“Apparently, some players (during the previous administrations) are still playing at Customs. It means they’re good,” he said.
Arranza urged the Senate to “continue looking into the rice smuggling activities of David Tan.”
The Inquirer earlier reported that David Tan’s operations were costing the government at least P7 billion in lost revenues every year.
His operations also cause losses to Filipino farmers, whose rice is shunned by millers who prefer to deal with Tan because his rice, although illegally brought into the country, is cheaper and already milled.
Smugglers’ point man
Tan became the point man of the rice smugglers after the illegal importation of the grain was consolidated into a single operation during the first half of the Aquino administration’s term, according to a former BOC official.
The official, who asked not to be named, also disclosed that Tan was one of the financiers of bogus farmers’ cooperatives that had cornered a huge chunk of the National Food Authority’s rice imports.
The same source added that in the past two years, Tan had given as much as P6 billion in payoffs to BOC officials and employees who facilitated the smuggling of rice through the ports.
The National Bureau of Investigation has said it opened an investigation of Tan’s activities last year, but “hit a blank wall” in its search for Tan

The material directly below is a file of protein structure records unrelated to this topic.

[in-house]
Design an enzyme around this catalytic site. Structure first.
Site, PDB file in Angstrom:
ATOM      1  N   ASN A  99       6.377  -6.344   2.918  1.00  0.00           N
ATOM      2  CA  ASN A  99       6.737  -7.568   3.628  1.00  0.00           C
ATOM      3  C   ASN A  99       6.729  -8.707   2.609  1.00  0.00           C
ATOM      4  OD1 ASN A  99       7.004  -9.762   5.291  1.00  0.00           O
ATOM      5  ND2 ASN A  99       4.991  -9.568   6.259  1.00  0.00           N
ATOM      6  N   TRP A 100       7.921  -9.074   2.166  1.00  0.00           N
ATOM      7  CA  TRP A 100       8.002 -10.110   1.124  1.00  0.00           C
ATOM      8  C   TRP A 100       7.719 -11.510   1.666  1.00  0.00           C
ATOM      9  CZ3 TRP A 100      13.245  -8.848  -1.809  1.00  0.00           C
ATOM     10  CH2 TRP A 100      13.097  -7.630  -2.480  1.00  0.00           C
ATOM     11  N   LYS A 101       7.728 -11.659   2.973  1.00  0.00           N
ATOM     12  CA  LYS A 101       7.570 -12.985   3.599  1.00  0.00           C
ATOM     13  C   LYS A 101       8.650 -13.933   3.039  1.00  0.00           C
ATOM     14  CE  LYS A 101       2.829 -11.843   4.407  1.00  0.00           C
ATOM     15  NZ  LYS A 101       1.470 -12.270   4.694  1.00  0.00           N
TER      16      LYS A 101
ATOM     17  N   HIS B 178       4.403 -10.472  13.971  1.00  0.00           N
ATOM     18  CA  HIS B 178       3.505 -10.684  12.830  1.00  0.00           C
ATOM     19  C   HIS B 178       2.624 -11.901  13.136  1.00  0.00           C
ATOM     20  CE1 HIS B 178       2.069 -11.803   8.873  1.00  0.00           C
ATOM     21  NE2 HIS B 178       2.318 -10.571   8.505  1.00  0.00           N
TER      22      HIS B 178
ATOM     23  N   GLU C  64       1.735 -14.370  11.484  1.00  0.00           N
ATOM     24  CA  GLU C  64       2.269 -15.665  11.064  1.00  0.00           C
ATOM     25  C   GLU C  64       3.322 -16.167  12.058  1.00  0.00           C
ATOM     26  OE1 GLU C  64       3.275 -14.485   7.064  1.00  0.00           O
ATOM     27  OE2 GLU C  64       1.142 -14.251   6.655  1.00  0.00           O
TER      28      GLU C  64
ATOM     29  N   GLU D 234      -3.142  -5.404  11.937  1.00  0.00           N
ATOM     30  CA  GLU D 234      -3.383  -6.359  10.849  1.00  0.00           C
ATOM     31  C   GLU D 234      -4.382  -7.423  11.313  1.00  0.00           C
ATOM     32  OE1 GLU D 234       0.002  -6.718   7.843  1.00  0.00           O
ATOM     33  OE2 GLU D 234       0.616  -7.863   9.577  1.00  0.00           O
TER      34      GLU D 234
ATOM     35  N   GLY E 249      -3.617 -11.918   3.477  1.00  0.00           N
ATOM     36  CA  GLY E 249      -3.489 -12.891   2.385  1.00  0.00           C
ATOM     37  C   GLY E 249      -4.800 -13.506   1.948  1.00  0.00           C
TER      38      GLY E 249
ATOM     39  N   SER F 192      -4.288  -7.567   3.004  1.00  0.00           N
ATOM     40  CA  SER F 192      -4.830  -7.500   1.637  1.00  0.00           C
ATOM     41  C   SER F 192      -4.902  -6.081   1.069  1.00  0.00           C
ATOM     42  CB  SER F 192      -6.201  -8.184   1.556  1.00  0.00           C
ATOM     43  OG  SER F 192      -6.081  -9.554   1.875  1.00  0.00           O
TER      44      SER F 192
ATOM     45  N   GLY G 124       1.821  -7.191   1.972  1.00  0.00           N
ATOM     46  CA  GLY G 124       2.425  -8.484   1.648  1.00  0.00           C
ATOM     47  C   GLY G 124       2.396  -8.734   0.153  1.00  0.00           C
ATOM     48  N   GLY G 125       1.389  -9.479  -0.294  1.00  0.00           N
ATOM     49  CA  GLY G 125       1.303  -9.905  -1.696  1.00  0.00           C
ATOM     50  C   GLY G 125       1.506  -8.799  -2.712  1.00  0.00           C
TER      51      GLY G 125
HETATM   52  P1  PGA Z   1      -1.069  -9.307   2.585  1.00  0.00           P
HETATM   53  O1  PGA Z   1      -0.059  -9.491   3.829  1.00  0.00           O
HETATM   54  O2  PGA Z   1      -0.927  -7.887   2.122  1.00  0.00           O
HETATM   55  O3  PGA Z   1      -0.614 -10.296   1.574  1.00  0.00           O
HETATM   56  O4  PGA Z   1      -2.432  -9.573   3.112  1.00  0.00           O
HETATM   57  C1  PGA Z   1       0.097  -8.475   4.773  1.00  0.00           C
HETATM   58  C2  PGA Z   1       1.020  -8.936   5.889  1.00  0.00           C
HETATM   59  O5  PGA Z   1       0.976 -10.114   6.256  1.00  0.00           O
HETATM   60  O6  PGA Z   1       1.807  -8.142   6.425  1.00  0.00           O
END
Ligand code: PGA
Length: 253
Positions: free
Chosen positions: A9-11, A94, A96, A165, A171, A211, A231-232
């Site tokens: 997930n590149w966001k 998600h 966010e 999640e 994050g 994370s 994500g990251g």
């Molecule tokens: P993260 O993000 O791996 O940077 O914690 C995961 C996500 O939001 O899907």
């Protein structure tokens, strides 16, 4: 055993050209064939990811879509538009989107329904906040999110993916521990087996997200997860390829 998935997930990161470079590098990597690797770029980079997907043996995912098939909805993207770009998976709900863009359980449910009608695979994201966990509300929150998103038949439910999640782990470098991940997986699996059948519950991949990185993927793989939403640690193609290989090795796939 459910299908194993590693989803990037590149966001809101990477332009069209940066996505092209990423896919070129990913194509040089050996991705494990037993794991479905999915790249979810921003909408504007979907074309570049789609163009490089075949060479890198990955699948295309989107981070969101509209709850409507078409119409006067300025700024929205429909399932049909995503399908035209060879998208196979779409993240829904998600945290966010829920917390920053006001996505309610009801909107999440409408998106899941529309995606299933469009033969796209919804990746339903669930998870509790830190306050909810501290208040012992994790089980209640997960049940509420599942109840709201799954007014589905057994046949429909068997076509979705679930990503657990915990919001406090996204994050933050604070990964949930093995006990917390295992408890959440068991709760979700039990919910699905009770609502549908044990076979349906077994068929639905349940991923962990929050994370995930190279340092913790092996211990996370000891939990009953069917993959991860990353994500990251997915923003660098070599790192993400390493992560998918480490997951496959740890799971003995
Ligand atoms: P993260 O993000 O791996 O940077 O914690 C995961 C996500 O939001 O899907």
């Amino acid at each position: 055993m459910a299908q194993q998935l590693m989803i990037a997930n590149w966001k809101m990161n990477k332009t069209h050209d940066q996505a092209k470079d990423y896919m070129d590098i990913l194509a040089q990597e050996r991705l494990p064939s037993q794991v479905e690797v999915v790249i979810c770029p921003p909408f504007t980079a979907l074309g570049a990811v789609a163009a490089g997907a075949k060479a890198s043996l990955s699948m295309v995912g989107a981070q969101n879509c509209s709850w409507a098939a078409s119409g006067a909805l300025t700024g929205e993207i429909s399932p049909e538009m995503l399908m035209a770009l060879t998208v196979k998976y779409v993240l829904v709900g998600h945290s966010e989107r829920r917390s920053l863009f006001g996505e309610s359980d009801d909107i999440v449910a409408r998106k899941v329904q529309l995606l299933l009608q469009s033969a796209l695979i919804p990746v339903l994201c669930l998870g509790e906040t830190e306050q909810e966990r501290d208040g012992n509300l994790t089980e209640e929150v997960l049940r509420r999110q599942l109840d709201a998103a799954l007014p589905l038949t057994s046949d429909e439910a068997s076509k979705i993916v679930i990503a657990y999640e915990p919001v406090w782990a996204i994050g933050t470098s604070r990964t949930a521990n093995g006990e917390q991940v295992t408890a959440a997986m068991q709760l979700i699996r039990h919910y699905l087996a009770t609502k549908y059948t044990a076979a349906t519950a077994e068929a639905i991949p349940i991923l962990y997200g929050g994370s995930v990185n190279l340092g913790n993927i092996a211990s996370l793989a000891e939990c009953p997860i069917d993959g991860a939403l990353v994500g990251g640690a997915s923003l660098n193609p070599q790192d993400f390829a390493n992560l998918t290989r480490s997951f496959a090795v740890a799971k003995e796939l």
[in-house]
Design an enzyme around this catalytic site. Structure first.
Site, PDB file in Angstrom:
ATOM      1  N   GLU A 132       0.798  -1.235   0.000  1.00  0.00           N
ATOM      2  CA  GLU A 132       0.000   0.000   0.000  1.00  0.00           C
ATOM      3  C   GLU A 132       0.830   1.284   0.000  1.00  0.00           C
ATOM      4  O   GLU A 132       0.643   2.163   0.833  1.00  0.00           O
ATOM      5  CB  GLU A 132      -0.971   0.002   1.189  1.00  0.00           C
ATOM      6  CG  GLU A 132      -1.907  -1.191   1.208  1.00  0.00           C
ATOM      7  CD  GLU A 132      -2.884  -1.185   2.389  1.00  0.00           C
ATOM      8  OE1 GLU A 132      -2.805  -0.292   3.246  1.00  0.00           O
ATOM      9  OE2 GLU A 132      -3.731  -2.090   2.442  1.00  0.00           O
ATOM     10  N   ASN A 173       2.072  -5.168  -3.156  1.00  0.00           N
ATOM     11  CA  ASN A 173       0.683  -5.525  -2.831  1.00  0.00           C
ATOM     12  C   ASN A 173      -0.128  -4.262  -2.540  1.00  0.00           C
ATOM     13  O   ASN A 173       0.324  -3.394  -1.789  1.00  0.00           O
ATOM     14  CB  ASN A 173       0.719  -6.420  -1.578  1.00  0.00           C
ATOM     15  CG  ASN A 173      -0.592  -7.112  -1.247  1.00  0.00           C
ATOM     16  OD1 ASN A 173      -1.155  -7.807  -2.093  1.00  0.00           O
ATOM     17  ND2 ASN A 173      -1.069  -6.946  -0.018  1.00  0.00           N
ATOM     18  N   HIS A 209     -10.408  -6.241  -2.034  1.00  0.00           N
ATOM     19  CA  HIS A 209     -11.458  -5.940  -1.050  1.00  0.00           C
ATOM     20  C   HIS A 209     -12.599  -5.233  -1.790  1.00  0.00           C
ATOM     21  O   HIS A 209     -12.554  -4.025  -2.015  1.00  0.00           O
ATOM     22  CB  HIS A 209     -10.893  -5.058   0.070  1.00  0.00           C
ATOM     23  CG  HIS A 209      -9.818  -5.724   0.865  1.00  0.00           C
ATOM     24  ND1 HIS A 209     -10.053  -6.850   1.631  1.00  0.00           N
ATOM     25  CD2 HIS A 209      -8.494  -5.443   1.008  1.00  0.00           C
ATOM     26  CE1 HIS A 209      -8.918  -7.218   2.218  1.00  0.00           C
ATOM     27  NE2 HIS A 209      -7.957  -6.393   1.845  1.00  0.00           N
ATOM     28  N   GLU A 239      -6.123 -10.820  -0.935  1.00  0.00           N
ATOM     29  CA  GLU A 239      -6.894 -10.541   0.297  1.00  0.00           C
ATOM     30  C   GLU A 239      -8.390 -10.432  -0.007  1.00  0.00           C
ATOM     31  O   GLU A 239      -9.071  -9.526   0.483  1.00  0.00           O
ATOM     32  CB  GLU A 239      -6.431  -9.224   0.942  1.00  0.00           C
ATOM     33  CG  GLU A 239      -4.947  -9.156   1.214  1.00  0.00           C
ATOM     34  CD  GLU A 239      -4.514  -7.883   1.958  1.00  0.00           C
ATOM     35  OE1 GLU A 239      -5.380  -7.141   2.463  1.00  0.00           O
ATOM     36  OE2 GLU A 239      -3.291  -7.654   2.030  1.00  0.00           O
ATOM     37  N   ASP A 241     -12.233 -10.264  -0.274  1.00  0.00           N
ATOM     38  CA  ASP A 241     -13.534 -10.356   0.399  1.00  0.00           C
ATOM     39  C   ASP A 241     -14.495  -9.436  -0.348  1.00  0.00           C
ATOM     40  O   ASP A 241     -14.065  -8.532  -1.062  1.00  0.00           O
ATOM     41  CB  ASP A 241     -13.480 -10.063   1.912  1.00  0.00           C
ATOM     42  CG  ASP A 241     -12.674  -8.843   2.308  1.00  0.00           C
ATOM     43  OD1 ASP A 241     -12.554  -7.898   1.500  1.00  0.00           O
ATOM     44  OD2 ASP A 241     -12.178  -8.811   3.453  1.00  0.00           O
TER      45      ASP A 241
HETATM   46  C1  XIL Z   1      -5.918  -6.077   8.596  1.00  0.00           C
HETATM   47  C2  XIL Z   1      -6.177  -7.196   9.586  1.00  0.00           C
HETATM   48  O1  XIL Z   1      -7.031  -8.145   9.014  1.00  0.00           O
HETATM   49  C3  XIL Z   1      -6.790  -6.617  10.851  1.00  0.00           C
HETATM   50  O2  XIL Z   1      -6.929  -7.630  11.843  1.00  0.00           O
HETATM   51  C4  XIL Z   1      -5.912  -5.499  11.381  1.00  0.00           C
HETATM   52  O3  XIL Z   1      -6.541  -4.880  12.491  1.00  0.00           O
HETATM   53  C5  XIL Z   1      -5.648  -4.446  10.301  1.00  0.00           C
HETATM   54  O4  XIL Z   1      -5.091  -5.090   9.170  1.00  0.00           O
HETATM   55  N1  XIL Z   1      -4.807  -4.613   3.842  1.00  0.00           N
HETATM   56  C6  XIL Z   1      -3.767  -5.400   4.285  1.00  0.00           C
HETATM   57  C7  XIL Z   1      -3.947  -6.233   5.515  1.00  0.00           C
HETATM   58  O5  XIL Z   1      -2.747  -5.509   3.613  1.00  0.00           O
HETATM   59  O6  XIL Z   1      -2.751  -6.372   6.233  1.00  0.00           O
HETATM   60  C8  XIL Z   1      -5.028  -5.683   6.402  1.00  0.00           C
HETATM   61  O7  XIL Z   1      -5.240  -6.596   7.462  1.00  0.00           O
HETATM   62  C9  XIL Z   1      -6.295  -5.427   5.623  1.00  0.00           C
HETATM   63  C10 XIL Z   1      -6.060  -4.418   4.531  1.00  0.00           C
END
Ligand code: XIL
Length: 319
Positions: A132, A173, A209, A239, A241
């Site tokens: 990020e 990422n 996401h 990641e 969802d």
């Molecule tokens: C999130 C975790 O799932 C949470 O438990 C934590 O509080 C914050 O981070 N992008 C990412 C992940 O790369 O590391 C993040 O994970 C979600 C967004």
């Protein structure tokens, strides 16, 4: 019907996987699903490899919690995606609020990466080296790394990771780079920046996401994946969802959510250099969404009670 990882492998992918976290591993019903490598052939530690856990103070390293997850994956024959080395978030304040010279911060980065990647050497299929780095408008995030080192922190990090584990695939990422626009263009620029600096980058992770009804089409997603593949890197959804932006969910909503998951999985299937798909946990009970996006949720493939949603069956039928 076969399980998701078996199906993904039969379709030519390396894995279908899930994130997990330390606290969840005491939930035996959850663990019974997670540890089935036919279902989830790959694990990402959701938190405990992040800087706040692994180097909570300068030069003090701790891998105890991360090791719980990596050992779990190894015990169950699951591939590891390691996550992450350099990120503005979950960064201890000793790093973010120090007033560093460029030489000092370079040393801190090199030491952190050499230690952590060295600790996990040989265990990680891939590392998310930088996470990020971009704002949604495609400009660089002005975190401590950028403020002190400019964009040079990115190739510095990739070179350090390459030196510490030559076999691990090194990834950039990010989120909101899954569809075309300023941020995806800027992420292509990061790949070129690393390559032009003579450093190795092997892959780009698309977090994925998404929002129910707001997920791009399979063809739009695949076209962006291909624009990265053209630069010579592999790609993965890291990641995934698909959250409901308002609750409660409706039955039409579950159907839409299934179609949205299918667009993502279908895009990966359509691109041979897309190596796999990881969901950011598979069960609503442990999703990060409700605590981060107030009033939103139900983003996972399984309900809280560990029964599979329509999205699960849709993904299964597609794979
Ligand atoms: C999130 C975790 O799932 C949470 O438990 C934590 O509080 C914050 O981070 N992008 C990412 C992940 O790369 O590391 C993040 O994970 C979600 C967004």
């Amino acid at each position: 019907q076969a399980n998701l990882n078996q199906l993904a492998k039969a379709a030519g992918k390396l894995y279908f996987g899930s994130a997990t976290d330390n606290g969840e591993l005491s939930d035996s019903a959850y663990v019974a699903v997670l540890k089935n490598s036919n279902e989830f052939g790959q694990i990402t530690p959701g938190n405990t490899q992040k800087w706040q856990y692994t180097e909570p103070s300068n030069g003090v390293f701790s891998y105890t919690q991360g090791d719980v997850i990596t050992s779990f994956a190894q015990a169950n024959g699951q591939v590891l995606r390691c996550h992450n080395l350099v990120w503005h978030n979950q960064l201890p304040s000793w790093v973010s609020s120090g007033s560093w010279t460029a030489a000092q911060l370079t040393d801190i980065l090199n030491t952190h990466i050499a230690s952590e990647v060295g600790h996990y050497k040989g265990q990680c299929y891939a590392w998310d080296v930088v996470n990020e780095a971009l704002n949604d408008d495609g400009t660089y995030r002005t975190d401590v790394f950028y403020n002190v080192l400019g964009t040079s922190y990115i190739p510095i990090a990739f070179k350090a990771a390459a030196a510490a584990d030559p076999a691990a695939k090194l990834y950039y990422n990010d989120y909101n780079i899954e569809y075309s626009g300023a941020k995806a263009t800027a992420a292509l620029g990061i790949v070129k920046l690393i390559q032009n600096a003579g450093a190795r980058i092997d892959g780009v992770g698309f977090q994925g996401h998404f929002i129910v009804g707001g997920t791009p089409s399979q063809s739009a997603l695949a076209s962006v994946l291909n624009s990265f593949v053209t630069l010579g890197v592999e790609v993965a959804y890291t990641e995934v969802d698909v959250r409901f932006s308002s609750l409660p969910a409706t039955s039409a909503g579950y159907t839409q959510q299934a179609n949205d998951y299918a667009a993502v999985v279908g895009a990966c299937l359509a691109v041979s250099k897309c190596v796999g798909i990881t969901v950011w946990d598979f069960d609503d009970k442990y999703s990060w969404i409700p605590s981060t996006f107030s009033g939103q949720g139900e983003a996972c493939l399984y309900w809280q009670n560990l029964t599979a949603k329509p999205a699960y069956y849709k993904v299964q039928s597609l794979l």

Late last month, De Lima said the NBI got no leads because nobody in the cooperatives allegedly financed by Tan was willing to cooperate in the investigation.
The NBI also searched its files of people named “David Tan,” but found no information that would lead to the real David Tan.
De Lima said the NBI would reopen the investigation.
Wanted in Davao
In Davao, Duterte said the name “David Tan” kept turning up in news reports about rice smuggling in the city.
“I have tried to track him down and found that the name is fictitious,” Duterte said on television on Sunday.
“Whoever is behind [rice smuggling], once I track him down, I’m going to file a case [against him] in the (Office of the) Ombudsman,” Duterte said.
Earlier, after several rice shipments without import permits had been seized by the government in Davao City, Duterte warned rice smugglers not to mess with him, as he would deal with them harshly.
He said he would also suspend the business permits of rice traders if asked to do so by the BOC and the Bureau of Internal Revenue.
Uncontrolled entry of cheap, imported rice threatens the livelihood of Filipino farmers, Duterte said.
Two rice importers in Davao, however, said the seizure of their rice shipments was “unlawful.”
Their lawyer, Benito Salazar, said the government could no longer impose import permits because its “quantitative restrictions” for rice under the World Trade Organization (WTO) expired in June 2012.
Salazar said the importers—Silent Royalty Marketing and Starcraft International—wanted the government to explain itself, as its action violated the WTO ruling.—With reports from Gil C. Cabacungan in Manila, and Germelina Lacorte, Inquirer Mindanao
Originally posted: 5:41 pm | Monday, January 6th, 2014